Tech savvy minds transform a shipping container into a solar powered computer lab


The innovative uses of shipping containers seem to be attracting attention these days. Engineering technology students at the University of Houston College of Technology used their ingenuity to design and construct a mobile computing lab that is totally solar-powered.

The power generated is sufficient for running the entire lab: 14 computers, an air conditioner, a set of batteries, and lights. A public unveiling of the fully operational mobile lab was made on May 25th at the University of Houston Campus. The College of Technology hosted a tour of the new lab, which included about a dozen local children.

This summer, the mobile lab will be shipped to Mali, West Africa, where there are an estimated 17 million people with the lowest literacy rates in the world.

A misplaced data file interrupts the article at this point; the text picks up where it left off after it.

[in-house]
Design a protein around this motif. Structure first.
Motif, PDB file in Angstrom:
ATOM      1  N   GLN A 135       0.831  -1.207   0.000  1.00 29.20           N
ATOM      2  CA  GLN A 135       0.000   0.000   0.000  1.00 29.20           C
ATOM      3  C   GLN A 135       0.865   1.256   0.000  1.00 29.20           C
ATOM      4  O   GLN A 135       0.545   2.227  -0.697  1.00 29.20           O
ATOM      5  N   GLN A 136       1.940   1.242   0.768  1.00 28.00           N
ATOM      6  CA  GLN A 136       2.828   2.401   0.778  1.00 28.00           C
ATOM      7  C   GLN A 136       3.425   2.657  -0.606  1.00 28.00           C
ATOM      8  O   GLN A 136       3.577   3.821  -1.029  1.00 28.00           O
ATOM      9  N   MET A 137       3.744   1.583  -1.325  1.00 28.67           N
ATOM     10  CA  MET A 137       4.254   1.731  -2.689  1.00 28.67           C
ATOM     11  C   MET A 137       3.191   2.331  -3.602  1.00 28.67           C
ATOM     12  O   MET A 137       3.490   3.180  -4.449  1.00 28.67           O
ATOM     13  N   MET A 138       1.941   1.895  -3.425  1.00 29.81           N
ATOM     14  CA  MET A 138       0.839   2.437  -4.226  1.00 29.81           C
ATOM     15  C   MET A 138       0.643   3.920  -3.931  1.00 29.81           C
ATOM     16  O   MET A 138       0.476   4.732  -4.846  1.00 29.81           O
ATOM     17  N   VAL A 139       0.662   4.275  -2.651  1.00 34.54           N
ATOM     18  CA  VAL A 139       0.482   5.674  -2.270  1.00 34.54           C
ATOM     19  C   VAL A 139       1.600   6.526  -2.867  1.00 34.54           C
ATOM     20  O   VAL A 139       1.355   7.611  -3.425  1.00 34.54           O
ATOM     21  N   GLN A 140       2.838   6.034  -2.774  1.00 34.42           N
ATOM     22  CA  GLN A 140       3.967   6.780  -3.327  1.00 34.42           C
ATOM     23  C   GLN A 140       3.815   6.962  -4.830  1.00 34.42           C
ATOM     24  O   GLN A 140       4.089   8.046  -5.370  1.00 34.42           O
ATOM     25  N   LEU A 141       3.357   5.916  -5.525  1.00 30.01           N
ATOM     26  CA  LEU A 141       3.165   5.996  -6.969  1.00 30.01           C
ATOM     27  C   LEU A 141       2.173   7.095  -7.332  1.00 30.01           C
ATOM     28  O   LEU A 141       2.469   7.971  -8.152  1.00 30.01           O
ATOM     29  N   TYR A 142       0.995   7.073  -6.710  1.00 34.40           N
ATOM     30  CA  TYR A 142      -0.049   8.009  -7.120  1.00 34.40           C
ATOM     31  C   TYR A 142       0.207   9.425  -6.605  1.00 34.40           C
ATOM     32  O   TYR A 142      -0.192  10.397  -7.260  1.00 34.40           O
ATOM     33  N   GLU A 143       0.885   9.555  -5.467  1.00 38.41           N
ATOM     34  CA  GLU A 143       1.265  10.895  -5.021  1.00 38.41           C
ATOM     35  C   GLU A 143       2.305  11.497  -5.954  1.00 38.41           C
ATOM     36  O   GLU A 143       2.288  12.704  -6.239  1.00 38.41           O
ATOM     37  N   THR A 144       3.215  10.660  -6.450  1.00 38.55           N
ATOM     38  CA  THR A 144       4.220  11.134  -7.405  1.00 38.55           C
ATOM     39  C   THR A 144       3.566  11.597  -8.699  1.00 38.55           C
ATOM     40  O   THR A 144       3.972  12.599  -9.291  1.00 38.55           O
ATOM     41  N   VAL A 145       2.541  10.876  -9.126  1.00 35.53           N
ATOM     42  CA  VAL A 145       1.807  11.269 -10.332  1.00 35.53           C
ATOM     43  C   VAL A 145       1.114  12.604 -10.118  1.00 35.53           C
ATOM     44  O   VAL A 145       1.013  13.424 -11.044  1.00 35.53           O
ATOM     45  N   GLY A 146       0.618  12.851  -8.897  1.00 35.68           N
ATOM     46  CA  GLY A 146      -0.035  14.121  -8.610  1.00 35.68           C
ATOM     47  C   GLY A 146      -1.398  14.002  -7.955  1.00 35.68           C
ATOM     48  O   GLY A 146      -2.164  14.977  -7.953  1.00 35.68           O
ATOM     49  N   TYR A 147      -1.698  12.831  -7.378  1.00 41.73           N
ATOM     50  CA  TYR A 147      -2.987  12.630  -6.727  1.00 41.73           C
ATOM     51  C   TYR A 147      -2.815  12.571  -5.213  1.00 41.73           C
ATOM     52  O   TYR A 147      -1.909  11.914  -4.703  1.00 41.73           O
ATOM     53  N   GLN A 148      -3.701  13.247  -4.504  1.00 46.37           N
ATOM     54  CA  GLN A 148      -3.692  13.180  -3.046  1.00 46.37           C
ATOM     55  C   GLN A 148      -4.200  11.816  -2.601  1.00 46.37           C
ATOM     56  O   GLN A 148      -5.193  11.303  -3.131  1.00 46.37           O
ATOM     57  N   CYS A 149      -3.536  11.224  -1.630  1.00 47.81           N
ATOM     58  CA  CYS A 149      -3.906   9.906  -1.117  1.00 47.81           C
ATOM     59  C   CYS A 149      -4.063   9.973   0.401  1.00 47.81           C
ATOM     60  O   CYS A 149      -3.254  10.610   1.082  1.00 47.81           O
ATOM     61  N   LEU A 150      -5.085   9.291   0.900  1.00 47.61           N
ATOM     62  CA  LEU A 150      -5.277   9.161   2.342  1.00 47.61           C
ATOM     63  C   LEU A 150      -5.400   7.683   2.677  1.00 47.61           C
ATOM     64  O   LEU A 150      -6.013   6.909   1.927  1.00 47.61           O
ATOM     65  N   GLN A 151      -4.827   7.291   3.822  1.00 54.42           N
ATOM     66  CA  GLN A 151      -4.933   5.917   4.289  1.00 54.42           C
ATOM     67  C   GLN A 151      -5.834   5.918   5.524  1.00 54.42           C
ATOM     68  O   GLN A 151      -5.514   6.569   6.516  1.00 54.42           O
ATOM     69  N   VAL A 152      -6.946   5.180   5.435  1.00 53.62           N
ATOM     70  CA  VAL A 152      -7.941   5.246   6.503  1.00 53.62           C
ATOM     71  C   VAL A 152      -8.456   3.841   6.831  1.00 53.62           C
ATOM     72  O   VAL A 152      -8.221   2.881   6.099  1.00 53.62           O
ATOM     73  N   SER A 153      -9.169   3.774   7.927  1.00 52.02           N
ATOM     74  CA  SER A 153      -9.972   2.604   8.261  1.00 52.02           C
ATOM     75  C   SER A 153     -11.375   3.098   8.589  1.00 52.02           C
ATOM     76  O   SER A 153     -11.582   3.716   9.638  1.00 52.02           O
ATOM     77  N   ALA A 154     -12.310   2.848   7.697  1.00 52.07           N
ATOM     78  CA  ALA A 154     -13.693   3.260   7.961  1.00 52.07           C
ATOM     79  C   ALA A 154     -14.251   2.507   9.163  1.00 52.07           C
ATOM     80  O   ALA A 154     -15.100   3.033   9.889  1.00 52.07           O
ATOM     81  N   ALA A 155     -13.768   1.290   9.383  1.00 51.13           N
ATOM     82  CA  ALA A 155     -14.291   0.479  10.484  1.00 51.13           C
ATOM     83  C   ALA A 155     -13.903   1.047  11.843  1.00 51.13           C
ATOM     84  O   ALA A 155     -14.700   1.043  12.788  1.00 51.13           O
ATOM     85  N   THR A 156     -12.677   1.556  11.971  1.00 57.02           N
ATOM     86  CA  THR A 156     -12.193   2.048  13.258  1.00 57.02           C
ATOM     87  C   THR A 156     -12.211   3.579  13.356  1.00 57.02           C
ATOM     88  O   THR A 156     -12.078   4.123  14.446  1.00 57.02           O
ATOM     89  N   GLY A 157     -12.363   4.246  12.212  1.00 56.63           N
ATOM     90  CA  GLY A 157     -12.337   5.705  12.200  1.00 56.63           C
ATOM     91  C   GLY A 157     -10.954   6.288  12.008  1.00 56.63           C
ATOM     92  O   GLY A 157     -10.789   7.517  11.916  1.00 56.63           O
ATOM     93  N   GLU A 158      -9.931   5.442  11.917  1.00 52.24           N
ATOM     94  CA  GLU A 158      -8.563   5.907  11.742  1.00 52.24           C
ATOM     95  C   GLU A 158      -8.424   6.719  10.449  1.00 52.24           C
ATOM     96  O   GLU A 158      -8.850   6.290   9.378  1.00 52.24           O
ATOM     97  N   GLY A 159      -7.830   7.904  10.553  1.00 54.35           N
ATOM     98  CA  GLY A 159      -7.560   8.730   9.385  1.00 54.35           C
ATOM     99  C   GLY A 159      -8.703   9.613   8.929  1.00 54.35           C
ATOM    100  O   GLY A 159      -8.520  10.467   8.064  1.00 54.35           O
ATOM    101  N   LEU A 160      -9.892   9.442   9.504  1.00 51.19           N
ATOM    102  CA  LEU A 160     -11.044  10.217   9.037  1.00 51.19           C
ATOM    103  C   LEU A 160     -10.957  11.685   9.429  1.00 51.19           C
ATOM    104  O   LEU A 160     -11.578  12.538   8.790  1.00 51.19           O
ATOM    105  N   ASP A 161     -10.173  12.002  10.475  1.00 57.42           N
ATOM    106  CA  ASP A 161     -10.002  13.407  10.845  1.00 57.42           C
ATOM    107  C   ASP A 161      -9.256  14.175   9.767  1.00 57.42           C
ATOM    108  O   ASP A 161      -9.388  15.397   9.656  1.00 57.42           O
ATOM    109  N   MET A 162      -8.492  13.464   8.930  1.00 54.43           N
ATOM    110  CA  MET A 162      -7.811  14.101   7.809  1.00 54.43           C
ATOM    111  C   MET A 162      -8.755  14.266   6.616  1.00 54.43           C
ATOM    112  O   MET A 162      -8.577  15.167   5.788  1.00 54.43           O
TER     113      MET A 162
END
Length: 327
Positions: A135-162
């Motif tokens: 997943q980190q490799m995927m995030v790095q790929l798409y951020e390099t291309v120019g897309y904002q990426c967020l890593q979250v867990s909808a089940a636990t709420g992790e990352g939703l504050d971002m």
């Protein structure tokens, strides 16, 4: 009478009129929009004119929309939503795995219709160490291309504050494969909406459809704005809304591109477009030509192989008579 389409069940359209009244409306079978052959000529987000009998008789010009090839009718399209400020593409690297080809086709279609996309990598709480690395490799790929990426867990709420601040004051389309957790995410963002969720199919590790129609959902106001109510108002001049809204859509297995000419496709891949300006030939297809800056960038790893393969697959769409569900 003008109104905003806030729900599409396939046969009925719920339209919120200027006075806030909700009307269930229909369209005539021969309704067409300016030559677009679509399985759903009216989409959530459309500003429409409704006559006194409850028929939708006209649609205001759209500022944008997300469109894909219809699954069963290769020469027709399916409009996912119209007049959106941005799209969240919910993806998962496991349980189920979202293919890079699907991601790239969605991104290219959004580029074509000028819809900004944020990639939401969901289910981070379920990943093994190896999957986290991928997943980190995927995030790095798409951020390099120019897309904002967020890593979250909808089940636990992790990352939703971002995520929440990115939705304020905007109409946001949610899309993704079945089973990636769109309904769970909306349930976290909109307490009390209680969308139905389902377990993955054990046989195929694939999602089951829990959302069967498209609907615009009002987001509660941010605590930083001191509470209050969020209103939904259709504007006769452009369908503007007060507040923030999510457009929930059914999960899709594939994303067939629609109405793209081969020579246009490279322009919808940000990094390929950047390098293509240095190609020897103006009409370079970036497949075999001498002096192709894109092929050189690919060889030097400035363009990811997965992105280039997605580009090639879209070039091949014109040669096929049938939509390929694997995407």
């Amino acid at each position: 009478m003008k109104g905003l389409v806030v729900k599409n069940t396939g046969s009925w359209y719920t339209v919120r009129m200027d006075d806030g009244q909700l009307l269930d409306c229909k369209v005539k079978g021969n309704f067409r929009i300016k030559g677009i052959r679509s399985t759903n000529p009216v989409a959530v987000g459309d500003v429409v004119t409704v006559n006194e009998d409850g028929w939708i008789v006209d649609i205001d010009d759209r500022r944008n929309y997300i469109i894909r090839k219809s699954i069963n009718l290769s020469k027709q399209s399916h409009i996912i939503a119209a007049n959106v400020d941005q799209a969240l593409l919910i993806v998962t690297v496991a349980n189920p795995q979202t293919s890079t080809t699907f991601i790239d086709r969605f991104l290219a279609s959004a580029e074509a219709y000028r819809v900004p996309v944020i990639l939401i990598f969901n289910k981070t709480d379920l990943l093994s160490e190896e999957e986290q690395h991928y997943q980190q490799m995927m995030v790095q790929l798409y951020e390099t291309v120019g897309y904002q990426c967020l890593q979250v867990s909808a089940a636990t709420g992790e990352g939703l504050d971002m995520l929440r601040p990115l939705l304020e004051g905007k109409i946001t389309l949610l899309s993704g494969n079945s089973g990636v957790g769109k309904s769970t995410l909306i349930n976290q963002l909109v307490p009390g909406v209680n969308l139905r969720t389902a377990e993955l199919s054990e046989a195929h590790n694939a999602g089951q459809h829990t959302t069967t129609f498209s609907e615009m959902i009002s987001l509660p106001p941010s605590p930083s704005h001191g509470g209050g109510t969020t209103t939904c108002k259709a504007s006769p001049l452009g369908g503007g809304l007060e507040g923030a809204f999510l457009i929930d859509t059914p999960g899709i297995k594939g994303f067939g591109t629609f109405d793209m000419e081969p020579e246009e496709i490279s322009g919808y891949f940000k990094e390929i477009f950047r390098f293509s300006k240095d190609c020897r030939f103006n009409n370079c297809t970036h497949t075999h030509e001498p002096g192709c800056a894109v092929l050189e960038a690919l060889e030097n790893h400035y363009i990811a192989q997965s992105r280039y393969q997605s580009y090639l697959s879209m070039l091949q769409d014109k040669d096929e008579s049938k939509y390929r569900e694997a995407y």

Inspired by the opportunity to make a true difference in the world, a five-member student team (Isaac Garay, Chris Abad, Jorge Osorio, Stillwell Pan, and Justin Sanchez) poured their energy into the project. They worked with Dr. Richard Jackson, an internal medicine specialist and president of the Mali Nieta Foundation in planning and executing the project. "I participate in such projects because it’s heart healthy. It feels good to give back,” said Jackson. “The community has been very good to me, and Houston has been very good to me. It feels good to give back where things need to be done.”

Jackson’s foundation helped in securing the shipping container, and Professor Mequanint Moges supervised the project. Originally from East Africa, Moges has first-hand knowledge of the value of the mobile classrooms in underserved regions. “Being able to offer this education opportunity to those in need is an awesome experience,” he said.